United and Continental Airlines have forged a marketing alliance that will let them book each other’s seats, share miles and join international flights—but won't merge, reports the Wall Street Journal. The deal provides welcome cost savings in the face of surging fuel prices, but avoids the labor tensions and service disruptions that come with a full-blown merger.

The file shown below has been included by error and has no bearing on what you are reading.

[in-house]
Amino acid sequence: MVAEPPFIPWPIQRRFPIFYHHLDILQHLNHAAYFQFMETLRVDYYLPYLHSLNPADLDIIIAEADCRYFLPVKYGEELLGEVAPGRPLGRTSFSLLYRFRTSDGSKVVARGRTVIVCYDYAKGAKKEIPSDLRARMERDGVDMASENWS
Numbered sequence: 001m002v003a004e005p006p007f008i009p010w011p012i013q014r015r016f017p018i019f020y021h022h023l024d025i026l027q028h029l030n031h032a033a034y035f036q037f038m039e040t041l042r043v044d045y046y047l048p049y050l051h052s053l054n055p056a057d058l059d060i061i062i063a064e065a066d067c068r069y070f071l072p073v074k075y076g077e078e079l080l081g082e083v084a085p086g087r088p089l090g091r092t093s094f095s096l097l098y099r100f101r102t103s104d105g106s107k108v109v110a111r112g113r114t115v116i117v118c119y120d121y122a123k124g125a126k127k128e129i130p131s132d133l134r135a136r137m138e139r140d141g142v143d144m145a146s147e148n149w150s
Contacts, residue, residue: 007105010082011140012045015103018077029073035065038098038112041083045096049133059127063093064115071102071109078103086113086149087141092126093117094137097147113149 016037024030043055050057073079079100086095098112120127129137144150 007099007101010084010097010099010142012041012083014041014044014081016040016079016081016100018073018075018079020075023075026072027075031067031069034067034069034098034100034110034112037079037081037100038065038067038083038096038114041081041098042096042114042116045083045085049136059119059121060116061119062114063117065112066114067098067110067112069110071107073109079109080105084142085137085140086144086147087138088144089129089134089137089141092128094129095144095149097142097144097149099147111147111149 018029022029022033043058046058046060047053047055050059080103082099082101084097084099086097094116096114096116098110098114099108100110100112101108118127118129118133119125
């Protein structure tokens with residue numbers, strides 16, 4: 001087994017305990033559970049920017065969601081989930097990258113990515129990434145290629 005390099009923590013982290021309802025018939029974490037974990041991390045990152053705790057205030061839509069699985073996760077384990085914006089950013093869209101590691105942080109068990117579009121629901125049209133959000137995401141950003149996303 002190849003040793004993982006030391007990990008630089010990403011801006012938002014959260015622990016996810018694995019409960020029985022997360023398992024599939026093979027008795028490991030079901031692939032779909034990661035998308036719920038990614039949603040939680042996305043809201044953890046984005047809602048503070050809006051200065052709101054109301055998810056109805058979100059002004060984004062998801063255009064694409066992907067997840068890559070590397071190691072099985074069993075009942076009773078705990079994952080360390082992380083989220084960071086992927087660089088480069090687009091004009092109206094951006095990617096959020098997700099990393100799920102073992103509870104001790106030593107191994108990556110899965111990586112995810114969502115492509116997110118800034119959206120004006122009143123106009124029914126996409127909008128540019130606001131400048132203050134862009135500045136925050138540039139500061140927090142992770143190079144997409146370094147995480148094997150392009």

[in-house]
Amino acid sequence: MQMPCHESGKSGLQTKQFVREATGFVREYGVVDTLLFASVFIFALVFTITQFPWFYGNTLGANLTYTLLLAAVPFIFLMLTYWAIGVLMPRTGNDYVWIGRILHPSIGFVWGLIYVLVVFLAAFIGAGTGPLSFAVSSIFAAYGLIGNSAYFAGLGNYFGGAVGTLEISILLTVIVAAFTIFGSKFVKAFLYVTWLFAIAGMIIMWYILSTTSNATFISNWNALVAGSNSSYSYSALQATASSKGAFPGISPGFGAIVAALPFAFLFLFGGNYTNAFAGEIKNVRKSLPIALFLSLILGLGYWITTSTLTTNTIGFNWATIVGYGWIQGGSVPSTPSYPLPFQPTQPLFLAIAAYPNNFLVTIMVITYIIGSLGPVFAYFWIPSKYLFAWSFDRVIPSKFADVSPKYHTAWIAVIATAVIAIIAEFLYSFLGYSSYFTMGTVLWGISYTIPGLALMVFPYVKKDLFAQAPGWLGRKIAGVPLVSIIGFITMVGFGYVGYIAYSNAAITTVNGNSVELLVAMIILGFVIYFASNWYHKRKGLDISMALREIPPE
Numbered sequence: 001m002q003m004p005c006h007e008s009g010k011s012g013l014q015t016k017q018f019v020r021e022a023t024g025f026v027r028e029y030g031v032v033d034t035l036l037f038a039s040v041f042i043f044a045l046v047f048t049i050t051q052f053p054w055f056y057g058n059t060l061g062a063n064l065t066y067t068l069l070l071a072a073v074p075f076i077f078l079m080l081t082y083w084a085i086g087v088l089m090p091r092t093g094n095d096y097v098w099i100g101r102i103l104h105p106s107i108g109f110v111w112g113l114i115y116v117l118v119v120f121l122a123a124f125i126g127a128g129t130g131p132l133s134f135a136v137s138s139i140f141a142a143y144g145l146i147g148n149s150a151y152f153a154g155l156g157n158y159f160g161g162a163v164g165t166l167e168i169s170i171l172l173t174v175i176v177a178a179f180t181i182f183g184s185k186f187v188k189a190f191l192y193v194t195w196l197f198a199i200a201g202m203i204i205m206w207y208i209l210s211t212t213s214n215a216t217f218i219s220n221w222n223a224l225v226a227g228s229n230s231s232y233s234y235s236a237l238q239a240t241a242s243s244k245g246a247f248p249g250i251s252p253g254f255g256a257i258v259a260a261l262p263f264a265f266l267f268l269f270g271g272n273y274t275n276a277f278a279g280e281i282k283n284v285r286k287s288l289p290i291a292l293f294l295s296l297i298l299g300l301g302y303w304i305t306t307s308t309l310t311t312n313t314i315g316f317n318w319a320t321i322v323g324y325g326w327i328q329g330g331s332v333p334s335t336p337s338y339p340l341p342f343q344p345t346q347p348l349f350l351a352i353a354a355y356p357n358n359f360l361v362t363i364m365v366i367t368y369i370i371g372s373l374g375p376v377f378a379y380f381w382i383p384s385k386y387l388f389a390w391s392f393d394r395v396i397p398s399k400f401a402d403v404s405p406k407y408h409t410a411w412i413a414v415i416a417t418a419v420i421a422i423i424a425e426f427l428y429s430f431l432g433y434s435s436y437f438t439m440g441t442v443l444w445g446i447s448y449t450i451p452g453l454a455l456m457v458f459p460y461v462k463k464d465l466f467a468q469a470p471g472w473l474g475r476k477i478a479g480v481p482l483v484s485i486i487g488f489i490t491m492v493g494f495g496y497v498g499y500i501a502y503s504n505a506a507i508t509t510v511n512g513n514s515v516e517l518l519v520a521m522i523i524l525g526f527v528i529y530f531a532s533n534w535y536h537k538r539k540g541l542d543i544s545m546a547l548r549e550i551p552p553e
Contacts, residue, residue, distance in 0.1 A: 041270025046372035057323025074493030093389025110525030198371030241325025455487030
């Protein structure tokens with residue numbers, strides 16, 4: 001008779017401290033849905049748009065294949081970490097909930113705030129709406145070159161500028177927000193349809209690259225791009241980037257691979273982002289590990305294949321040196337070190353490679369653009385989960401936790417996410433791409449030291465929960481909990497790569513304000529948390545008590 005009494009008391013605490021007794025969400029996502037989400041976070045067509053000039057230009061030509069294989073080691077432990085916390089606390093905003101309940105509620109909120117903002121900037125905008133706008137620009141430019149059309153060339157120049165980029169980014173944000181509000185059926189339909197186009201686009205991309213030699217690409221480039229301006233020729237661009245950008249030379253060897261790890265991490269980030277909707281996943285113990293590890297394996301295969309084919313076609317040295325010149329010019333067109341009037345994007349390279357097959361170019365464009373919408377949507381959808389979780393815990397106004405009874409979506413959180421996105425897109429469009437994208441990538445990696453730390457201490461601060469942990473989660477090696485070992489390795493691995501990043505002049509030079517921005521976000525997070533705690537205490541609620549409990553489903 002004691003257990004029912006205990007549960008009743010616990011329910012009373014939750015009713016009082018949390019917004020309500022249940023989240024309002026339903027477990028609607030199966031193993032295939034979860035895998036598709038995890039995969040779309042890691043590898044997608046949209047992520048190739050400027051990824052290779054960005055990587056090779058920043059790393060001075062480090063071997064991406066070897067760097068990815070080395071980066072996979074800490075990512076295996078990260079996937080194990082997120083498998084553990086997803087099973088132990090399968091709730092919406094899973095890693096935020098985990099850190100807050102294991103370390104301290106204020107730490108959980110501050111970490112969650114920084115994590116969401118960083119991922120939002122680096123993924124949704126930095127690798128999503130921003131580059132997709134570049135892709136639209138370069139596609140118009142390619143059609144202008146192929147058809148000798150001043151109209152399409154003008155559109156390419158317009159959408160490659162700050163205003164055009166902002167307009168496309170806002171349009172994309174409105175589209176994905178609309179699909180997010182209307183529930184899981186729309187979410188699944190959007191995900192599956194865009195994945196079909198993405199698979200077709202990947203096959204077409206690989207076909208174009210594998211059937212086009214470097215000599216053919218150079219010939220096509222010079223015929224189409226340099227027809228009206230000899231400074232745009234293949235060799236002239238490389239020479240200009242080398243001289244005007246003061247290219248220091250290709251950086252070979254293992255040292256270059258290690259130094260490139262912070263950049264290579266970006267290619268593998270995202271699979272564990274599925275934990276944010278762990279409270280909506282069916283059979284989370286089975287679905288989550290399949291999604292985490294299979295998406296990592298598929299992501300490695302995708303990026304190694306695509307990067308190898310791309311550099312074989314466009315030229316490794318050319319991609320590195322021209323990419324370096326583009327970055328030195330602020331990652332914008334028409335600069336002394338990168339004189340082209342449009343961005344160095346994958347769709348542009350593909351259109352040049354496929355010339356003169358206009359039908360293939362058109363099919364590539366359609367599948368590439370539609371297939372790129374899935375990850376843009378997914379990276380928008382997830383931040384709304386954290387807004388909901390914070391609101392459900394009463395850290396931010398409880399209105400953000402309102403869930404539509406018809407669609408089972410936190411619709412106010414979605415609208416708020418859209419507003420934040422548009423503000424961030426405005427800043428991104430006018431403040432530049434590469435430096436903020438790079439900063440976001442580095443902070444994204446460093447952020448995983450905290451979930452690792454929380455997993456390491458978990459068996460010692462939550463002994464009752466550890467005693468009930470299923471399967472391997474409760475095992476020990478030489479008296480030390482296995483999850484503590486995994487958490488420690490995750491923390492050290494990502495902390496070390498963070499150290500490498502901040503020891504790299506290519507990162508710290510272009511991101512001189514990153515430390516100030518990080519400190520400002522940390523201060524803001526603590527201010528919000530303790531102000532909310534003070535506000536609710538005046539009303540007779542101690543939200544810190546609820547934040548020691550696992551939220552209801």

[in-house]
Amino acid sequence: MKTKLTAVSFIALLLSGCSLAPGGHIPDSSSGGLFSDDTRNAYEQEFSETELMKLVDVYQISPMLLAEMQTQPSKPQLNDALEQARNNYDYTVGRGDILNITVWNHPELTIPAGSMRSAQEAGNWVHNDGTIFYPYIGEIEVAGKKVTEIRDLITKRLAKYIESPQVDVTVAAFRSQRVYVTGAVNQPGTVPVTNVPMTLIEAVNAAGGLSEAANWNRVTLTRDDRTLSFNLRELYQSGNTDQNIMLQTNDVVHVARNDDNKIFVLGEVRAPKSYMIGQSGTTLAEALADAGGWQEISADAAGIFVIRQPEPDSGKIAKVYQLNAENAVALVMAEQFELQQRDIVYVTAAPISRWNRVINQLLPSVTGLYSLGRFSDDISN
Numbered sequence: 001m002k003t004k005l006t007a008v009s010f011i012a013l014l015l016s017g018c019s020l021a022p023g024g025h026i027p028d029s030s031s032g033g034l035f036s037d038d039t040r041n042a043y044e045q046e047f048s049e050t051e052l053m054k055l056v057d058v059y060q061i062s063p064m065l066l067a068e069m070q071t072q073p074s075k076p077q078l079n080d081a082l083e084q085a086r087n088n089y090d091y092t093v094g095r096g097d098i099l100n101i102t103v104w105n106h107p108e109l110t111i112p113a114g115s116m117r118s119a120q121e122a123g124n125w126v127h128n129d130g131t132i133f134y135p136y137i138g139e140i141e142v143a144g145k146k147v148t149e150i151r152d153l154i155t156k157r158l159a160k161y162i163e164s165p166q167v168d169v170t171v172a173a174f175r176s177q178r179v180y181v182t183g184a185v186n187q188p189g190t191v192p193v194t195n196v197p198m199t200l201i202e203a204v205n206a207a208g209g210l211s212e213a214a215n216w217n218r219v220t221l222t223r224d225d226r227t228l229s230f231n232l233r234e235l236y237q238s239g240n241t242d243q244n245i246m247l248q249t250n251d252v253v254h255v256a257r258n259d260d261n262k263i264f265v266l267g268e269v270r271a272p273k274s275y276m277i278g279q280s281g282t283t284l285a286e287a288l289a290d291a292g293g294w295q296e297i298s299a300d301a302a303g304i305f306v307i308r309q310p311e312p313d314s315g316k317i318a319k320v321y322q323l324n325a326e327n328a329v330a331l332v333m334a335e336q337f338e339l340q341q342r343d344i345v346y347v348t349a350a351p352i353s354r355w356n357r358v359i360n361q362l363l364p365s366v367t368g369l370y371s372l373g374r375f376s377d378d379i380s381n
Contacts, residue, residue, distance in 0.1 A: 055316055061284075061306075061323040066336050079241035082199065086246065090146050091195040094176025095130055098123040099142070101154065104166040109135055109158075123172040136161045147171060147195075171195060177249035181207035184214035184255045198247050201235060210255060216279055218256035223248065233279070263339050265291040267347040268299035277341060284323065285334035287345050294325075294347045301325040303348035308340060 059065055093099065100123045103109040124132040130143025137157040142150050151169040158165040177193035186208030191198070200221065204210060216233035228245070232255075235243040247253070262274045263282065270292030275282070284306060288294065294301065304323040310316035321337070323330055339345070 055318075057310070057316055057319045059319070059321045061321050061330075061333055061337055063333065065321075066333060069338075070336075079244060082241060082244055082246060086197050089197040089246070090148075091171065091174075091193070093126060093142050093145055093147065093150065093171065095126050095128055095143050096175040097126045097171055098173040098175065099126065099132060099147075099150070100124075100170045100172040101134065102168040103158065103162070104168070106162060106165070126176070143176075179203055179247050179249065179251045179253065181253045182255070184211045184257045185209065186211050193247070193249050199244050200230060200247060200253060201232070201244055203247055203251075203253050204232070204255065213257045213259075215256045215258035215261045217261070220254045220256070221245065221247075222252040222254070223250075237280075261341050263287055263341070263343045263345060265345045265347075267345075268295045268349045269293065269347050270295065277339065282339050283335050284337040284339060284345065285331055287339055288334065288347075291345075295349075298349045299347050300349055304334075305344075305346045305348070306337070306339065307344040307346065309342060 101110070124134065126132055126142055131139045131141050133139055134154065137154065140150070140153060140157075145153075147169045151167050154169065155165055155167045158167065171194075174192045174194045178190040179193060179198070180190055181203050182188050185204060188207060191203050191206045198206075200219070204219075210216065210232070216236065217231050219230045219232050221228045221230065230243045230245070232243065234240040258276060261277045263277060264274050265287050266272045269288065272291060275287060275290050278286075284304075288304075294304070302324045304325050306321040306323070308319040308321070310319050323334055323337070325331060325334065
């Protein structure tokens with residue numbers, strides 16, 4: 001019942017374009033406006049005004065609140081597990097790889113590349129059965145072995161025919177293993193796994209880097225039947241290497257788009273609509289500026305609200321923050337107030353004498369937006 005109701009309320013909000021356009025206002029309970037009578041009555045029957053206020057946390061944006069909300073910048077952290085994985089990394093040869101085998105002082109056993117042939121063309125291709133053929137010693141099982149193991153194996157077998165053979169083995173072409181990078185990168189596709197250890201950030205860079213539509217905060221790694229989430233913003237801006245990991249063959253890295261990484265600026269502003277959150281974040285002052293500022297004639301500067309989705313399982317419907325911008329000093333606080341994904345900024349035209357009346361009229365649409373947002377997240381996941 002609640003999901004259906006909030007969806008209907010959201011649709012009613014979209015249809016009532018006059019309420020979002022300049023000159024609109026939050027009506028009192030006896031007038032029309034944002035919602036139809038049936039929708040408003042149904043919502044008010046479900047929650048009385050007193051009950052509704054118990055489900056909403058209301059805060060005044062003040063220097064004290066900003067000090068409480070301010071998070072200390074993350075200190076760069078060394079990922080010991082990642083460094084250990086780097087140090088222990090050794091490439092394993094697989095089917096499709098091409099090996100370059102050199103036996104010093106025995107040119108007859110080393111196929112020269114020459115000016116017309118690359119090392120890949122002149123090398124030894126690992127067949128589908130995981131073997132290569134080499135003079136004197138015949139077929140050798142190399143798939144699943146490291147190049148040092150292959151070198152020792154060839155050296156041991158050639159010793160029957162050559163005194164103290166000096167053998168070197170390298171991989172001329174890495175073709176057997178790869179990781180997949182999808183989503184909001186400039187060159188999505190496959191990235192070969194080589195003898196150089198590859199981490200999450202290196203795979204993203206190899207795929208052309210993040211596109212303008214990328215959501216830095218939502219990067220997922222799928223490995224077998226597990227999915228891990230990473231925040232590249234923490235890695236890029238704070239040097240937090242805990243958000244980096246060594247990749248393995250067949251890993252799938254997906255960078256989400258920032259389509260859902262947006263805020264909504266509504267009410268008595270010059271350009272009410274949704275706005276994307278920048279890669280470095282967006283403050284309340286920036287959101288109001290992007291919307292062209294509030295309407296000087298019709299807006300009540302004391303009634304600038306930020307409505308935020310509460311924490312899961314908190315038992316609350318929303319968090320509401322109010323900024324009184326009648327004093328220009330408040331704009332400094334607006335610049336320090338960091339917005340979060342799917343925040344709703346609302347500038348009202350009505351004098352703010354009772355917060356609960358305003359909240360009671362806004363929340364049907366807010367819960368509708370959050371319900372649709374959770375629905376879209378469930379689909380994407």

"Alliances can work better than mergers in raising revenues and reducing costs without the integration, regulatory and labor headaches," an analyst tells Bloomberg. The agreement grew out of rocky merger talks, with Continental saying it wanted to remain independent. The value of both companies’ stocks leaped after the alliance was announced.